GLOUCESTERSHIRE Police has been playing its part in the fight against modern slavery.

They participated in the eighth European-wide operation aimed at clamping down on criminals who travel abroad to commit crime.

Operation Trivium, organised by TISPOL (the European Traffic Police Network), aims to ensure that borders are no barriers to justice. It started in 2013 and has already resulted in over 350 arrests.

The type of offences targeted range from human trafficking, which may include forced labour or sexual exploitation, to distraction thefts from vulnerable people at supermarkets and road related offences.

Last week, officers worked with Trading Standards officers to clamp down on rogue traders.

Yesterday officers were joined by the Home Office Immigration Enforcement team to visit a number of car washes in the Gloucester and Cheltenham areas.

Nationally, some car washes have been used in the past as bases for forced labour.

Inspector Stephen Norris explains the aim of the operation: "These were intelligence-led visits primarily to ensure the staff aren't being exploited and all necessary documentation is in place.

"An employer can face a fine of up to £20,000 if they have breached the rules in this area.

"If we believe someone has been held in servitude we will take them out of the situation and give them all the necessary support.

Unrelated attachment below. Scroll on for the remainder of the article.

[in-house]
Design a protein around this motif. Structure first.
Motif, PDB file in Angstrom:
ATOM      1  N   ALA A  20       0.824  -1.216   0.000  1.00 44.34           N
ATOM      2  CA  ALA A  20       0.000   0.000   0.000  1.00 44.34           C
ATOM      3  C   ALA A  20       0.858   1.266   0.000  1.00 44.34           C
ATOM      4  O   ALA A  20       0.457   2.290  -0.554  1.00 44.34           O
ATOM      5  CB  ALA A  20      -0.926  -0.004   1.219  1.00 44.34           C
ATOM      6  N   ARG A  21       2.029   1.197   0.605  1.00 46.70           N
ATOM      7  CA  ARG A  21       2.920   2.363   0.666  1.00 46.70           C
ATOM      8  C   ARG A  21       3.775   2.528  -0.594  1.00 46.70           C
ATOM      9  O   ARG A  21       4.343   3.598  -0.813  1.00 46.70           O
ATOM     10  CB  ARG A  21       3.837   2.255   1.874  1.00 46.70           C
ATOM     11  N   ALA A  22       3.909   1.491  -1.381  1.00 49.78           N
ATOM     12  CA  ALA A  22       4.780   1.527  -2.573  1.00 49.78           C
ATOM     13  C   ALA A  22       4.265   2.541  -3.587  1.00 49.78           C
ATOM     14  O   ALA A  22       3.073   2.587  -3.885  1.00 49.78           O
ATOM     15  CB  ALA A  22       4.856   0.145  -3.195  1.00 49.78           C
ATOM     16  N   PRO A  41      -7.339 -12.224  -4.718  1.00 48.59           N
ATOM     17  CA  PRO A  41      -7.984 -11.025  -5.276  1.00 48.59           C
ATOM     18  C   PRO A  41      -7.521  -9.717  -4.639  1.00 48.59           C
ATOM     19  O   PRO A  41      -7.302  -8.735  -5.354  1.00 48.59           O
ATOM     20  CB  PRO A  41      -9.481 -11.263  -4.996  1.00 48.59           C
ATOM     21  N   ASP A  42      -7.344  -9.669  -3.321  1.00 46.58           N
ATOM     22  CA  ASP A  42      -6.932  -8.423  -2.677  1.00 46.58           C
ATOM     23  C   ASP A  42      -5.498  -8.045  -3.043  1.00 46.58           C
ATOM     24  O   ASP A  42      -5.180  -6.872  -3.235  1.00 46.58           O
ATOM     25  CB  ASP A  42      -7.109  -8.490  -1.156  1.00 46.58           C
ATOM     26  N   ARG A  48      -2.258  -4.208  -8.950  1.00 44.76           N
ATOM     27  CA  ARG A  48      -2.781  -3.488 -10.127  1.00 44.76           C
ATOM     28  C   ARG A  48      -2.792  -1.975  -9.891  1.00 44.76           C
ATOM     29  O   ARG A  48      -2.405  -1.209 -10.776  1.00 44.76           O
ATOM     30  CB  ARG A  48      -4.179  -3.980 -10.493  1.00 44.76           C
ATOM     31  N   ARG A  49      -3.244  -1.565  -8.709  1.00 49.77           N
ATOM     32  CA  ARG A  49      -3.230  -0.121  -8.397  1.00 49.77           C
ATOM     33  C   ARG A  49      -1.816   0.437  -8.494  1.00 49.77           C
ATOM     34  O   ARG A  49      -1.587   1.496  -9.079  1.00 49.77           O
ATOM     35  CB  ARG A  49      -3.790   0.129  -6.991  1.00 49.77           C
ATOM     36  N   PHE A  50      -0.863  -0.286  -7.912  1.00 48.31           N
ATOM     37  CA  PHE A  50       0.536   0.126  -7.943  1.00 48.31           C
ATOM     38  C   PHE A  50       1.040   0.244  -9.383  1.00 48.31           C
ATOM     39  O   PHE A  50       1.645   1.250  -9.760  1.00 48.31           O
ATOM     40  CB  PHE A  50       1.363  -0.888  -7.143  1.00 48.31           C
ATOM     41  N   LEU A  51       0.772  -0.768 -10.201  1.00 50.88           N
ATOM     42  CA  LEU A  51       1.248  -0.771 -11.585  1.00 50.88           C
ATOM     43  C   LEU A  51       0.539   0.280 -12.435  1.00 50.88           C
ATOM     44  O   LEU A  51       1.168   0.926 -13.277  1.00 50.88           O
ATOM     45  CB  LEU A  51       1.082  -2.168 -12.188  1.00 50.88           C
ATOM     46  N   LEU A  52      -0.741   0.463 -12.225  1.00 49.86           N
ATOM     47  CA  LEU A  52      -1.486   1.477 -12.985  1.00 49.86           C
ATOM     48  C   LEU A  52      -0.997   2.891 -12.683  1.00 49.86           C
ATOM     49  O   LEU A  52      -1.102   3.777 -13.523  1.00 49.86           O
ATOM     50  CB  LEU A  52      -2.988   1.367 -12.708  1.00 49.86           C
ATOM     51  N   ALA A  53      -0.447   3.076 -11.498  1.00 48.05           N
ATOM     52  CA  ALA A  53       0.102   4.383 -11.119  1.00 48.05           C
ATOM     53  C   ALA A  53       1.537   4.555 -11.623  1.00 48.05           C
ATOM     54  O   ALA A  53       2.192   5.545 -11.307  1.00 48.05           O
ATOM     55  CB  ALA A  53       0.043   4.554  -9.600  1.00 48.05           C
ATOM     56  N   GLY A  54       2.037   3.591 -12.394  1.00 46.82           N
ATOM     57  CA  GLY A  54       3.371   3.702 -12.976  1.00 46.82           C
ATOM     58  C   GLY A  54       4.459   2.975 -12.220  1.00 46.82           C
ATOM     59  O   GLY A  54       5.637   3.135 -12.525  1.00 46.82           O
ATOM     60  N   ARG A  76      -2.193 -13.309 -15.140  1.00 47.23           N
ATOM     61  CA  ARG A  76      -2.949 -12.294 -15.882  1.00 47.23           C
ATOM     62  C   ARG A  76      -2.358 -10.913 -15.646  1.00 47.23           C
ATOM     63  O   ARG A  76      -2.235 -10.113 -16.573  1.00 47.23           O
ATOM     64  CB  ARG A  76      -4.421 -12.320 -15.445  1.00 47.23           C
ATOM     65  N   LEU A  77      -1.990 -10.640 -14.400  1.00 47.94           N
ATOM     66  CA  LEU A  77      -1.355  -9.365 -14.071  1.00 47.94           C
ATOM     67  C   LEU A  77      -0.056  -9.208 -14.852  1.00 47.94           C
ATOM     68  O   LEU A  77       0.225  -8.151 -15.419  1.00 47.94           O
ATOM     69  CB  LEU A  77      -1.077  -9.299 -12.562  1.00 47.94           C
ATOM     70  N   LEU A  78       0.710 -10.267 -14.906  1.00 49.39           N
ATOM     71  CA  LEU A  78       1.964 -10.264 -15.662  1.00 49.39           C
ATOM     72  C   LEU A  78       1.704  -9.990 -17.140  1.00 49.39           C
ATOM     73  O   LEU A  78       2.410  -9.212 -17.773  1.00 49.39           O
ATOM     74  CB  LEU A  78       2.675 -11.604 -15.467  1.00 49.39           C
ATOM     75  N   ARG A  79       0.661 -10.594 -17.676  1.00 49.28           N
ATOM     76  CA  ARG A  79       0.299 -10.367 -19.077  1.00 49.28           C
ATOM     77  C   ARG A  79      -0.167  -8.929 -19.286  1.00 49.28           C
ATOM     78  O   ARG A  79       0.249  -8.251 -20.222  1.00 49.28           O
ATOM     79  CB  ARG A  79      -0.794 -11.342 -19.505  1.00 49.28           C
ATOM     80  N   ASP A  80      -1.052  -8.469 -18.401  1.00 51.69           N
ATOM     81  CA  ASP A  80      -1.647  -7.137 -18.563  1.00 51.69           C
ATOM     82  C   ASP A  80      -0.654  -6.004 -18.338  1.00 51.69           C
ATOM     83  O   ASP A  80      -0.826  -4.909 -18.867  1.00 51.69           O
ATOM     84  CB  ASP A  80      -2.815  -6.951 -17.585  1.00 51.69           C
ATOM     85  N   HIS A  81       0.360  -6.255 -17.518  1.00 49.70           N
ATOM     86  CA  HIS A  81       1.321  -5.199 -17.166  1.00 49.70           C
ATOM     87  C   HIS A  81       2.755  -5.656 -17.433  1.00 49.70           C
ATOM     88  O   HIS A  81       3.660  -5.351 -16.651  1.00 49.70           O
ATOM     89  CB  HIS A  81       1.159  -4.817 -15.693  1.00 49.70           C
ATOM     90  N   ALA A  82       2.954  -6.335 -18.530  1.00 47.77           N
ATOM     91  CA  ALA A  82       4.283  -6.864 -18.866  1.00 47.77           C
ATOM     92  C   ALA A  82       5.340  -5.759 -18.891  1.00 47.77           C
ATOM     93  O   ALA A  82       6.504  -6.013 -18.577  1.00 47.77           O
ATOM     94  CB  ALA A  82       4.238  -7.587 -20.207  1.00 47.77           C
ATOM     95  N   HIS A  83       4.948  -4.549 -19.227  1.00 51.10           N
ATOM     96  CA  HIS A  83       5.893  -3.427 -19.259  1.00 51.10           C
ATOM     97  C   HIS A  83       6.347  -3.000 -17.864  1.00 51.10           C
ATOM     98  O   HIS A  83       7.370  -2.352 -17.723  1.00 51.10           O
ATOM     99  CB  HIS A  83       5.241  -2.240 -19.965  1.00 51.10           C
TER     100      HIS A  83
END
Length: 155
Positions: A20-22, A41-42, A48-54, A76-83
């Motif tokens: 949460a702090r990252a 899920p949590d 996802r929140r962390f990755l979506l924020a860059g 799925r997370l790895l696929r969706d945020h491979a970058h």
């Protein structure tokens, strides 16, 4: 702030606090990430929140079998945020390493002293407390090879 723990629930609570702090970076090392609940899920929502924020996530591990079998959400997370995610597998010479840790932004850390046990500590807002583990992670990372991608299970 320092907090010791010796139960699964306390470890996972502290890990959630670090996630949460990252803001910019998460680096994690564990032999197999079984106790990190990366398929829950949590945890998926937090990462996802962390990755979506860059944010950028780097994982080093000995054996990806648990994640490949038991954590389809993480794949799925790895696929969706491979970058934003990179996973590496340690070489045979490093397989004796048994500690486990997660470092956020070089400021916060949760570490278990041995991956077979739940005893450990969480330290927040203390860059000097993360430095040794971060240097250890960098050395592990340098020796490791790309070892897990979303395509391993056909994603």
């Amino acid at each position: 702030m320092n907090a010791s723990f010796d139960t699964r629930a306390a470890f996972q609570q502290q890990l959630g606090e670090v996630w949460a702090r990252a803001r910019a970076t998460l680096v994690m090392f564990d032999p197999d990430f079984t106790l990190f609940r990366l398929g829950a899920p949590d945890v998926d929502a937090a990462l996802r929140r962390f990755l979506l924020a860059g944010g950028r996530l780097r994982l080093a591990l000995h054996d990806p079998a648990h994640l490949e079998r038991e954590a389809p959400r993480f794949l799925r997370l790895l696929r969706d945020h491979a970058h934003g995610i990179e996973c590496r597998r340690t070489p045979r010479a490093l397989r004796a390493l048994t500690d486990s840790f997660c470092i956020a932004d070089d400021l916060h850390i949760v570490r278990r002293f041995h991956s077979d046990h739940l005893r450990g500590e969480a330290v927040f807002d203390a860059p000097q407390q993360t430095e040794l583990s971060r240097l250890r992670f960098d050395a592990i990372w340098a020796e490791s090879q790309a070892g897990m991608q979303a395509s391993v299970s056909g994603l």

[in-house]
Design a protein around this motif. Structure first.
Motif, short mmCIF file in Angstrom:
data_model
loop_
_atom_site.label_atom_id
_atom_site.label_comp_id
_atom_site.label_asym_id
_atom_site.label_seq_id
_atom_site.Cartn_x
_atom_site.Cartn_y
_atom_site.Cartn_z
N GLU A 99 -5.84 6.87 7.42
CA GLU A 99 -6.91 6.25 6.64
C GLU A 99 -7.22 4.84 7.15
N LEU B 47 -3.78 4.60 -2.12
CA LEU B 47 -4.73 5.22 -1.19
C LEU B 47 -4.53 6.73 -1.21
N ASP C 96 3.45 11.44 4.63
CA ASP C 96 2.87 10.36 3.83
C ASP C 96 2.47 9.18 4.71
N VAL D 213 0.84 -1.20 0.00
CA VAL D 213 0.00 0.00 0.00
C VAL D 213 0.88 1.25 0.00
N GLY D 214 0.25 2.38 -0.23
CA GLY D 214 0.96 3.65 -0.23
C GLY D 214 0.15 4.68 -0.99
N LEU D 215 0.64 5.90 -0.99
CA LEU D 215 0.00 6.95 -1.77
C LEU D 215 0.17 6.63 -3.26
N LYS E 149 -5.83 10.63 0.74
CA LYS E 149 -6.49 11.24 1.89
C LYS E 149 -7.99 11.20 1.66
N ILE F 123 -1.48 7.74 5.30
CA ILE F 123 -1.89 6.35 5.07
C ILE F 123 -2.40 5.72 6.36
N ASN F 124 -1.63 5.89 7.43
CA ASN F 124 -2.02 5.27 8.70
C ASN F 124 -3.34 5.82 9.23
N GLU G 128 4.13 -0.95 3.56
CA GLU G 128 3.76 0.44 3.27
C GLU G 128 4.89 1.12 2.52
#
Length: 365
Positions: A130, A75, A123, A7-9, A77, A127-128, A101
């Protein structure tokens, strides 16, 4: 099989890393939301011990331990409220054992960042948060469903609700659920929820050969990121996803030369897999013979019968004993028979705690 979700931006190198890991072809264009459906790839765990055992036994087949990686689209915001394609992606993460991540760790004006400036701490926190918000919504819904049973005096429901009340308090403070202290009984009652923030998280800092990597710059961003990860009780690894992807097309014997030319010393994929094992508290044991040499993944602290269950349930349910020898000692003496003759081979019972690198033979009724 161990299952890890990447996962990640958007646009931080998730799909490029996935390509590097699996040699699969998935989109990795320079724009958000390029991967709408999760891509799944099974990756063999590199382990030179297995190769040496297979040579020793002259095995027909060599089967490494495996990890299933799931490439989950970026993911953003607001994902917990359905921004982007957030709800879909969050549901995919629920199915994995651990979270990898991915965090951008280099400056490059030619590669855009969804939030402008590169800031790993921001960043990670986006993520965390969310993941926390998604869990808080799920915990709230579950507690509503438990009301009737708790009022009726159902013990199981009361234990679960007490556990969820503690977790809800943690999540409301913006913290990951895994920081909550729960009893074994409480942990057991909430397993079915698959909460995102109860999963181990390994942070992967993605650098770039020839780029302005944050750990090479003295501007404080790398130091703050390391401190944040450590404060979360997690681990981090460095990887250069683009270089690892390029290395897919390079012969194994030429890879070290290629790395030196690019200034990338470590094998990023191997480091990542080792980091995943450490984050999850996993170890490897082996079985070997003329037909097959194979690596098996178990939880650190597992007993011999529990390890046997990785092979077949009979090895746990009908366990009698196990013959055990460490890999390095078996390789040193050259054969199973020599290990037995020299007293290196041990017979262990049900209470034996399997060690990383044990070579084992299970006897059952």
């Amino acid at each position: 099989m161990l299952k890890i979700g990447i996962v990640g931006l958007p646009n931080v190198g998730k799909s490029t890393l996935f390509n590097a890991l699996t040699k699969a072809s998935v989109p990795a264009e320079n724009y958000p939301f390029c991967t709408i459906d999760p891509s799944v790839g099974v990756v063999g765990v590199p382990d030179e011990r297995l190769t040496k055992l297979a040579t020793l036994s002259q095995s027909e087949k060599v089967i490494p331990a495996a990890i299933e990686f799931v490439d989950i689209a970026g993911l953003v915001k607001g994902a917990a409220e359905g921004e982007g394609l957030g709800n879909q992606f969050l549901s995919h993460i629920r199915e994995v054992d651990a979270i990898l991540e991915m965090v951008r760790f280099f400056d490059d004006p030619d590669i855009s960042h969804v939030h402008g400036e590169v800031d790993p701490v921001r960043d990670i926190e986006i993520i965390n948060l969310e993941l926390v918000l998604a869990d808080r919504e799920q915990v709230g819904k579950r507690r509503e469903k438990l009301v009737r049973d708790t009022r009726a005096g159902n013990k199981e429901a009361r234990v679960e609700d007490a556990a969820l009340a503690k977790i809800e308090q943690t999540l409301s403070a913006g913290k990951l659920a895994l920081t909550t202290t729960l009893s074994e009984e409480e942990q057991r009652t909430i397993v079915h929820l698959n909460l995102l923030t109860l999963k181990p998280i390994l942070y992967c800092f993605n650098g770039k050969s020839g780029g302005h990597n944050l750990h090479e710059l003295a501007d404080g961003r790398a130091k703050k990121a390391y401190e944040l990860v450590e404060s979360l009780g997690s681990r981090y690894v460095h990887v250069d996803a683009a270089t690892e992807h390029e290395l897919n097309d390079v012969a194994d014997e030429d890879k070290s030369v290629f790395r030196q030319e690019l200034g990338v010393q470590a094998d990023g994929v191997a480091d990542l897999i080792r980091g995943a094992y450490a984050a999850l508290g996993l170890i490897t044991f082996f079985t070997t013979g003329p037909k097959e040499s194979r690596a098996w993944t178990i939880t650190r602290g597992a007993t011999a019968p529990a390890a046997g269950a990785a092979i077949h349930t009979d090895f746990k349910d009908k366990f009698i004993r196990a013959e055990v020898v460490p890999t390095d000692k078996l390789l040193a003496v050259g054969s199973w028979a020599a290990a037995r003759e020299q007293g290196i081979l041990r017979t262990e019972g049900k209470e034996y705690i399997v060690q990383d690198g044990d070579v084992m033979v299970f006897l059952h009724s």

"During all visits we will also give advice and guidance should staff know someone who may be the victim of modern day slavery.

"If we do not believe they have been held in servitude but they are committing an immigration offence we will hand them over the immigration services."

Two people at two separate car washes in Cheltenham were dealt with in this way yesterday.

Another part of the operation this week saw searches carried out for several outstanding offenders although the suspects were not traced.

Detective Superintendent Paul Keasey said: "This national operation includes partners from right across the law enforcement spectrum – from our colleagues at HMIC and the Home Office Immigration Enforcement team in this country to police officers from across Europe – including the Netherlands, Romania, Lithuania, Luxembourg and Europol.

"This is an operation that highlights truly great partnership working amongst all European countries.

"If our officers stop someone they can radio in and all the necessary checks can be made at the same time.

"If the person is wanted for anything we can take the relevant action.

"This operation is in addition to our business as usual - keeping the county as safe a place as possible to live, work and visit.

"We are of course dedicated to pursuing any individuals who commit crime."

Some figures about previous Operation Trivium operations:

• 9,009 vehicles stopped

• 509 vehicles seized

• 12,556 people encountered, with 361 arrests

• 7188 enforcement actions

• 529 intelligence reports submitted

More information on modern slavery can be found here.